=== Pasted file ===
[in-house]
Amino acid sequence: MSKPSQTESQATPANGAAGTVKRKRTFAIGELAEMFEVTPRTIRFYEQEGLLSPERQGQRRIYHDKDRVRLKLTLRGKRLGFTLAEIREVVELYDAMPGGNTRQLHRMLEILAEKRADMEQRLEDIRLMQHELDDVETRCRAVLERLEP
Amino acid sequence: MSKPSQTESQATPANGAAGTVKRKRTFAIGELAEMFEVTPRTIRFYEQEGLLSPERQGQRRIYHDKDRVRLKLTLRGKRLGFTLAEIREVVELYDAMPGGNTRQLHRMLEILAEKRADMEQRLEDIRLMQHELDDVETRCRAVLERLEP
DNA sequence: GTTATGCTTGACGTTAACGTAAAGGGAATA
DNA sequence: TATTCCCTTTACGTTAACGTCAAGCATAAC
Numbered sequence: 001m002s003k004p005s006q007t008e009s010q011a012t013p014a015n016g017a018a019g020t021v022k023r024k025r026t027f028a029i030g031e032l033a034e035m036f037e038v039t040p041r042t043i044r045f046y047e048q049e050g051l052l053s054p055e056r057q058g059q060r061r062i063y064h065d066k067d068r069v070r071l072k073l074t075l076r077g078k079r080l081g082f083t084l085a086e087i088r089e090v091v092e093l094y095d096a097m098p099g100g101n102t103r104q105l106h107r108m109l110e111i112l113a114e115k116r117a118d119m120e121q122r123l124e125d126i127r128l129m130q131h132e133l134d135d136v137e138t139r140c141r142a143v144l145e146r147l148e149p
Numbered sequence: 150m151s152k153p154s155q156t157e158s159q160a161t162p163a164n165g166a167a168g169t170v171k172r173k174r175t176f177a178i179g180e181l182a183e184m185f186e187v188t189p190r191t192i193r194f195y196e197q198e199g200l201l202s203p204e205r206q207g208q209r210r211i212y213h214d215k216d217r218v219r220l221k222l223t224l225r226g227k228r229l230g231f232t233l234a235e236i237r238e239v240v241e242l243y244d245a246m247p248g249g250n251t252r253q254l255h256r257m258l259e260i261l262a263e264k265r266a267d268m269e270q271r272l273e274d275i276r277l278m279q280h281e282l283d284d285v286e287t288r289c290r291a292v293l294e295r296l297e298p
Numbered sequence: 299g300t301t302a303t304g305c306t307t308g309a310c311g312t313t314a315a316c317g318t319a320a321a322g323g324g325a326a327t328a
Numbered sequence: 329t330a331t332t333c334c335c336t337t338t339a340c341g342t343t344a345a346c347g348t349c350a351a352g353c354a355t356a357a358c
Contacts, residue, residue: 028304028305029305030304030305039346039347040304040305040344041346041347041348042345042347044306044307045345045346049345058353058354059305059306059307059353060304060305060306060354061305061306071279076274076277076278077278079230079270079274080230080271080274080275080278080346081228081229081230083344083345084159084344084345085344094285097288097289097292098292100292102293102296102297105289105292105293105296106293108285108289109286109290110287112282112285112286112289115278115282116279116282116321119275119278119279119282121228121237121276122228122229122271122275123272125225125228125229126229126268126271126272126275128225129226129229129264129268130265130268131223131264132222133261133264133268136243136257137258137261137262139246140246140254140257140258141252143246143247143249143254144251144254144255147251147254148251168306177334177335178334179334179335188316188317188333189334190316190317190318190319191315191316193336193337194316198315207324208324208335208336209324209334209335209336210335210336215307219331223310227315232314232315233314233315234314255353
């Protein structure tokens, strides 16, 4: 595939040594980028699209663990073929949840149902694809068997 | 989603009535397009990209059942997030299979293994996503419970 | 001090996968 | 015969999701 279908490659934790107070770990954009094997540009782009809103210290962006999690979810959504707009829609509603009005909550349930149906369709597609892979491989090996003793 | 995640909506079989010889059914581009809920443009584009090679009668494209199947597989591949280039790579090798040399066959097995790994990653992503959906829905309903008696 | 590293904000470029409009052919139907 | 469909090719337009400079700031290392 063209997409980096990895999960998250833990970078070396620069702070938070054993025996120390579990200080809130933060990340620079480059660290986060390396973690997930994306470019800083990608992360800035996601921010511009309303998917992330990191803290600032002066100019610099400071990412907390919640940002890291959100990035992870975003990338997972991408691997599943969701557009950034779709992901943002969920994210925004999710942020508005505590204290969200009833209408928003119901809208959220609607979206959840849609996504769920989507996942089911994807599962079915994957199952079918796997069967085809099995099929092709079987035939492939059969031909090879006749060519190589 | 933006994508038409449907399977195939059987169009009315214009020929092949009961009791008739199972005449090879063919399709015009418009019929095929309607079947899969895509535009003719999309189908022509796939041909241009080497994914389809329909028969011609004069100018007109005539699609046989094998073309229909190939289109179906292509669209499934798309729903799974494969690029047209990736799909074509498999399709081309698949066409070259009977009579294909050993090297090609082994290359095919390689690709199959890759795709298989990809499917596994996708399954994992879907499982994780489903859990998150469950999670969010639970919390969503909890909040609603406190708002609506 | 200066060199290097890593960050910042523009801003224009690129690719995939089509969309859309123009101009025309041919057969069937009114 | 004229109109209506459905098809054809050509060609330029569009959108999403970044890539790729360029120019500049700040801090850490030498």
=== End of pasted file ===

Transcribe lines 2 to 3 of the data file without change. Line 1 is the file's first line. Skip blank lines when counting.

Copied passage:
Amino acid sequence: MSKPSQTESQATPANGAAGTVKRKRTFAIGELAEMFEVTPRTIRFYEQEGLLSPERQGQRRIYHDKDRVRLKLTLRGKRLGFTLAEIREVVELYDAMPGGNTRQLHRMLEILAEKRADMEQRLEDIRLMQHELDDVETRCRAVLERLEP
Amino acid sequence: MSKPSQTESQATPANGAAGTVKRKRTFAIGELAEMFEVTPRTIRFYEQEGLLSPERQGQRRIYHDKDRVRLKLTLRGKRLGFTLAEIREVVELYDAMPGGNTRQLHRMLEILAEKRADMEQRLEDIRLMQHELDDVETRCRAVLERLEP